In Singapore, where labour is scarce and expensive, automating work processes to improve our productivity and free up time for higher-value work seems like a no-brainer.
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Yet, it is only in recent years that more companies, especially small and medium-sized enterprises, in the city-state are heeding the call to automate, due in part to efforts by the government to encourage organisations to improve the productivity of their workers.
Automation, however, is not just limited to factory floors, restaurant kitchens and airport terminals. There’s room for automation in the office, too.
In Singapore, 60% of managers still spend three hours a day processing work e-mails, according to ServiceNow, a supplier of cloud-based automation tools. Many of these e-mail requests, especially internal ones, simply involve the basic processing of straightforward items, like purchase orders or invoices, says ServiceNow’s senior director Chris Pope.
Globally, employees spend 40% of their time on administration work, going by ServiceNow’s 2016 State of Work Survey. That’s equivalent to two full days per week which could be used for high value work.
But why aren’t we automating these inefficiencies out of our organisations? Corporate culture plays a part – some people may be resistant to change. Others might not know that certain manual processes can be automated.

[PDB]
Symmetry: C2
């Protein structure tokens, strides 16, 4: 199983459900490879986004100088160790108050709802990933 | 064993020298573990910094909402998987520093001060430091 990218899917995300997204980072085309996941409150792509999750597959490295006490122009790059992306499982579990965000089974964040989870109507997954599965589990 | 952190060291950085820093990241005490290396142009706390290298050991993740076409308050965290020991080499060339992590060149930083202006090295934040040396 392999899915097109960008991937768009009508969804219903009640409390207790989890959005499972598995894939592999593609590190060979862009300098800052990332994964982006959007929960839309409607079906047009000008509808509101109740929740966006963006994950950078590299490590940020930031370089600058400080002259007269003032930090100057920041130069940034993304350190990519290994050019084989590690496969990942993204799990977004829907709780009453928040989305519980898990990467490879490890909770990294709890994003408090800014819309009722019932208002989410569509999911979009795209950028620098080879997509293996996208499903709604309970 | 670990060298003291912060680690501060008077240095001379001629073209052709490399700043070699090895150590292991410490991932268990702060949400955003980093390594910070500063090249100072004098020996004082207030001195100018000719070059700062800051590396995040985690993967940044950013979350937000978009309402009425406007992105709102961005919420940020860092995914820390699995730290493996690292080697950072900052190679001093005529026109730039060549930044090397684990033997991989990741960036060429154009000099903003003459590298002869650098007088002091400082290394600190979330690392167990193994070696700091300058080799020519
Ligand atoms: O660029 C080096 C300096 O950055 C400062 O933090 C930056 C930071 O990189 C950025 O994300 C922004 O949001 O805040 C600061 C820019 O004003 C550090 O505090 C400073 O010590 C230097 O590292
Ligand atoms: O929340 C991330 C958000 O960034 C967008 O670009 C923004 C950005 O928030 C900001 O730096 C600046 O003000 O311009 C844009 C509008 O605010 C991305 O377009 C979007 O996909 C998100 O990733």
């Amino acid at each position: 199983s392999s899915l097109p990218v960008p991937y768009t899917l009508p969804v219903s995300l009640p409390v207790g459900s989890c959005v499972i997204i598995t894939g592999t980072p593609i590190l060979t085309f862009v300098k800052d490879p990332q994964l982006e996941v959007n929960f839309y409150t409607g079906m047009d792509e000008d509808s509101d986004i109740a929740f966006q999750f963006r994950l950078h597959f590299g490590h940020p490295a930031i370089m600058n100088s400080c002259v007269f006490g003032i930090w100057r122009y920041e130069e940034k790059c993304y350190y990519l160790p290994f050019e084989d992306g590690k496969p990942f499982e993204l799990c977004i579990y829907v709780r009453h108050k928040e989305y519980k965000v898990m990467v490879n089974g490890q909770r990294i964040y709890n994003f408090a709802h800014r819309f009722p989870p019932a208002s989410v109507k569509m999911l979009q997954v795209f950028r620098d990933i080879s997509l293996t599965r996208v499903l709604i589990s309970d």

In fact, Pope says the biggest challenge in automating work processes is in understanding all the manual processes that take place within an organisation. “Since they are so ingrained within organisations, often, people don’t have an awareness of every single function.
“Today, with the advancement of IoT technology, there is the ability to build sensors into so many more areas of working life, allowing real time monitoring of systems and then seamless automation of response processes, without human intervention,” he says.
While there’s no doubt that automation will do us good, it also needs to make sense for companies from a cost and technology perspective.
I remember talking to the CEO of a Singapore-based laundry service that switched from bar codes to RFID (radio frequency identification) chips to automate the tracking of laundry items, only to revert to using bar codes again within six months.
The CEO was blindsided by the allure of tracking items in one fell swoop, which made sense from a productivity point of view, but not so much from a cost perspective as RFID chips are still more expensive than printing bar codes.
When you’re only making a couple of dollars from washing a shirt, tagging each item with an RFID chip that costs about 50 cents clearly does not make sense despite the improvements in productivity.
So, yes – go ahead and automate, but not for the sake of it. More importantly, know what you’re getting into. The resources wasted in implementing a bad decision for your company could have been put into more productive use.